to turn the presenter role over to you. Okay. I think everybody has the presentation up.

Dr. John Taylor:

I'm going to talk about some research that we've done that was funded by the U.S. Department of Transportation, the Michigan Department of Transportation and the New York State Department of Transportation. The objective of the research really was to try to figure out what, at least do a preliminary estimate of what the cost of the border are. We looked at two categories of costs, really. Uncertainty and actual transit time-related kinds of costs at the borders themselves and then other kinds of trade policy costs that relate to bilateral trade relationships and agreements and so on between the U.S. and Canada. I'll explain those two categories a little more fully. Then we also looked at what some of the causes of problems are at the border, what are some of the causes of delays and uncertainty at the border. One of the short to medium term solutions and long-term options including a look at external perimeter kind of strategy for the U.S.-Canada border relationship. So I'm going to address those issues as we move forward. I'm going-- just waiting for a page down here. Is it frozen?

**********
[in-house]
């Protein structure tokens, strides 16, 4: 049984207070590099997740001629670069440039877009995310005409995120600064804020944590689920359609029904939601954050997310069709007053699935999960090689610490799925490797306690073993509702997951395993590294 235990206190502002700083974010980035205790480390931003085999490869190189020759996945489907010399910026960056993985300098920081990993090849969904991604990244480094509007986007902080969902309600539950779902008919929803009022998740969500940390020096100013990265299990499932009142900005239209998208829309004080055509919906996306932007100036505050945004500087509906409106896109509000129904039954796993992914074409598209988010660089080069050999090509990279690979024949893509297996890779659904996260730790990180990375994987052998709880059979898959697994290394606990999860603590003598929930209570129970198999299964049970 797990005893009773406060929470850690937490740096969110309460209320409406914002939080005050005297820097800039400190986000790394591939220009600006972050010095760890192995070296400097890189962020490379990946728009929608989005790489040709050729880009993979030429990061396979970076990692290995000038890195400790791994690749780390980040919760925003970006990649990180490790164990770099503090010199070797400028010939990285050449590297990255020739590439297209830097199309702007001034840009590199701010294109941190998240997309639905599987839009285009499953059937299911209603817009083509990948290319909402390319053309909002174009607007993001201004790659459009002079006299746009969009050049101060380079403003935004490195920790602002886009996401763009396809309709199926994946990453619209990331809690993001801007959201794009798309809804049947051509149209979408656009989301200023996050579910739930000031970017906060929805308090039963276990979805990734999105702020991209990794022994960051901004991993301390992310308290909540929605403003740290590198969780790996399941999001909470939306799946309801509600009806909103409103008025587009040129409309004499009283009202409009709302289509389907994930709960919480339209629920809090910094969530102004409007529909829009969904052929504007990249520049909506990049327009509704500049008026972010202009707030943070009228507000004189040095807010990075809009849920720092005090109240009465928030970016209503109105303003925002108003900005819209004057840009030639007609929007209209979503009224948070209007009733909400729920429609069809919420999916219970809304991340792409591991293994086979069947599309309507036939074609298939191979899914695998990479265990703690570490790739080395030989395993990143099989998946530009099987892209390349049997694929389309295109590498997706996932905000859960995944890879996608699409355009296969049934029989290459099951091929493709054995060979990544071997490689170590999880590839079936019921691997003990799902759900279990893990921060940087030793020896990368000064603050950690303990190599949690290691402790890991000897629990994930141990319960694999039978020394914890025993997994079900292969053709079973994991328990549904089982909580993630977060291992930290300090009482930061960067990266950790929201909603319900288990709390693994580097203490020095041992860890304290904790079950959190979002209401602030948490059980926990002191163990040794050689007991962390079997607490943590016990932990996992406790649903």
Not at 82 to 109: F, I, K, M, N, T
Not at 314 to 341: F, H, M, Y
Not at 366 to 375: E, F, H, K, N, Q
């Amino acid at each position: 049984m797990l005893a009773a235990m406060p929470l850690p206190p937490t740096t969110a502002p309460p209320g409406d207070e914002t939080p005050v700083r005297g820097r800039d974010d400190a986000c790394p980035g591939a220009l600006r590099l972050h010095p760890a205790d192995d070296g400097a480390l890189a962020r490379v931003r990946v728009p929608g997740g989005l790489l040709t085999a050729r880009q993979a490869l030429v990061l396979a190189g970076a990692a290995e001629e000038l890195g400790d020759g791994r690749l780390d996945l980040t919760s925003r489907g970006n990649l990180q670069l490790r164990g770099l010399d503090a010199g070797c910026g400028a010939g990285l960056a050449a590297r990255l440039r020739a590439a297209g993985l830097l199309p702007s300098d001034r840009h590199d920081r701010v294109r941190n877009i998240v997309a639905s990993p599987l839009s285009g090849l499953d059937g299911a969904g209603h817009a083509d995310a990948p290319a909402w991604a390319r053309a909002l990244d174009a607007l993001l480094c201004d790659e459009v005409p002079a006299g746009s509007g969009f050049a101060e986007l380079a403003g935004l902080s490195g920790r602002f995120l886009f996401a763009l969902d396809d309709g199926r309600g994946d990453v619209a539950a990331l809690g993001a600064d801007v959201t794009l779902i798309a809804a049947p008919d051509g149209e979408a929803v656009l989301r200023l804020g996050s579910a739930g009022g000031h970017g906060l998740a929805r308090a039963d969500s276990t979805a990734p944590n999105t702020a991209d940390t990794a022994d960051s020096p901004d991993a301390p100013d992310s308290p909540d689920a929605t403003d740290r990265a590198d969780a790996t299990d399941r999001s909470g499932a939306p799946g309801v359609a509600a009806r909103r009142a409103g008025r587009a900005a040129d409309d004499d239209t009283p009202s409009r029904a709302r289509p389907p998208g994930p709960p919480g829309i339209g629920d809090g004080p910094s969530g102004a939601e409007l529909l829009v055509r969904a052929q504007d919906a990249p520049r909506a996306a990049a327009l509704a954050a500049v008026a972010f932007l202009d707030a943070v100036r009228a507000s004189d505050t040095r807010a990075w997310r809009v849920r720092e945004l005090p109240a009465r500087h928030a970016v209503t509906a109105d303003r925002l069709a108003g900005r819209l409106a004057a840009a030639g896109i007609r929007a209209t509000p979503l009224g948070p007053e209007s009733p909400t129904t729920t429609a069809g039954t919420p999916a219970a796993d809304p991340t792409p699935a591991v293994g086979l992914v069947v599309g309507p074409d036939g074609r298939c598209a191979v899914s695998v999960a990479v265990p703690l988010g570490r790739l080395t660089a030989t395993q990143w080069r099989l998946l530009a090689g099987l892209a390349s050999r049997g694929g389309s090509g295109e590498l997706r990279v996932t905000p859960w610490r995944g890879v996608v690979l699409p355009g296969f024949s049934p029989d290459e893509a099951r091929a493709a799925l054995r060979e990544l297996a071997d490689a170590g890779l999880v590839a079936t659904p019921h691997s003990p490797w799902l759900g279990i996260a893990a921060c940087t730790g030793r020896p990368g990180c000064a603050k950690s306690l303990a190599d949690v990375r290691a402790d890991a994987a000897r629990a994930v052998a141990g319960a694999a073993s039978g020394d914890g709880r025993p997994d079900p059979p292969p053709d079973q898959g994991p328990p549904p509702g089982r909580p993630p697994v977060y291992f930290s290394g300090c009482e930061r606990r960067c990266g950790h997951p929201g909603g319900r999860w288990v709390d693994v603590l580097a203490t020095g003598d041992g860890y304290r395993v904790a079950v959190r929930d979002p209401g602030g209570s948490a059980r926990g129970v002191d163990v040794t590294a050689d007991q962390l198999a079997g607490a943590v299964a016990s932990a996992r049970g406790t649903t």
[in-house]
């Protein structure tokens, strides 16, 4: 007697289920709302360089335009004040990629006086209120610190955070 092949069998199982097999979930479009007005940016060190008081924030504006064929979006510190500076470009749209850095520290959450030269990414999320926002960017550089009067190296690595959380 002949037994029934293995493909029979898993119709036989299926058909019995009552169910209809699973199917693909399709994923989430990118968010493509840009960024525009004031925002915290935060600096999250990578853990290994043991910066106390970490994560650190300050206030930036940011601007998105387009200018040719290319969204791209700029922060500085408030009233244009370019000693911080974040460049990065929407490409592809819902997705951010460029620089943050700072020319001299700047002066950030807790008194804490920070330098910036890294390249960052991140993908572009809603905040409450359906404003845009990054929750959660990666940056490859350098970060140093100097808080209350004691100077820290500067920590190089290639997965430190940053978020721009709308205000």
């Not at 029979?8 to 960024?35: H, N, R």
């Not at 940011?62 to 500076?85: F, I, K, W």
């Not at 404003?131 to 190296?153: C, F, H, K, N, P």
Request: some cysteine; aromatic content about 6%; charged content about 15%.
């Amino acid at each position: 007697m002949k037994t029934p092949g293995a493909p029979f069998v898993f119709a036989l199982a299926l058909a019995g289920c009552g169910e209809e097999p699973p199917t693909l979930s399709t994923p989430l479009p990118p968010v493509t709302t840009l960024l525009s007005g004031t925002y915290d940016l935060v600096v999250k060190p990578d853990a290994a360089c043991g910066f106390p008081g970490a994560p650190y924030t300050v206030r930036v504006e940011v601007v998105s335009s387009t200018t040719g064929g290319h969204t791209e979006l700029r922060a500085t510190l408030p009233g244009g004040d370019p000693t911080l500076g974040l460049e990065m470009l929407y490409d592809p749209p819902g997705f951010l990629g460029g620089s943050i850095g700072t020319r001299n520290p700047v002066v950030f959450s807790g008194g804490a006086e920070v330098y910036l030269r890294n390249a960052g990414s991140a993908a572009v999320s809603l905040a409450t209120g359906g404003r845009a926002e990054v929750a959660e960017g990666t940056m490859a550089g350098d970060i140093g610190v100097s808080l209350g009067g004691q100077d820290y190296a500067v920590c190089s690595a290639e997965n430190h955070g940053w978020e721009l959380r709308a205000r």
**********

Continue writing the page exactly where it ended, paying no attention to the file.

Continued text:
Seems to be. You may want to try switching to the second presentation.

Okay. Let's see. How would I bring that second one up?

You click on the tabs at the top that says the name of your presentation.

Oh, I see, yeah.

Okay. I apologize for, this brief technical delay here.

Let's see. I have a drop down box that lists each of my slides. Can I try-- Try doing that. That worked.

There you go.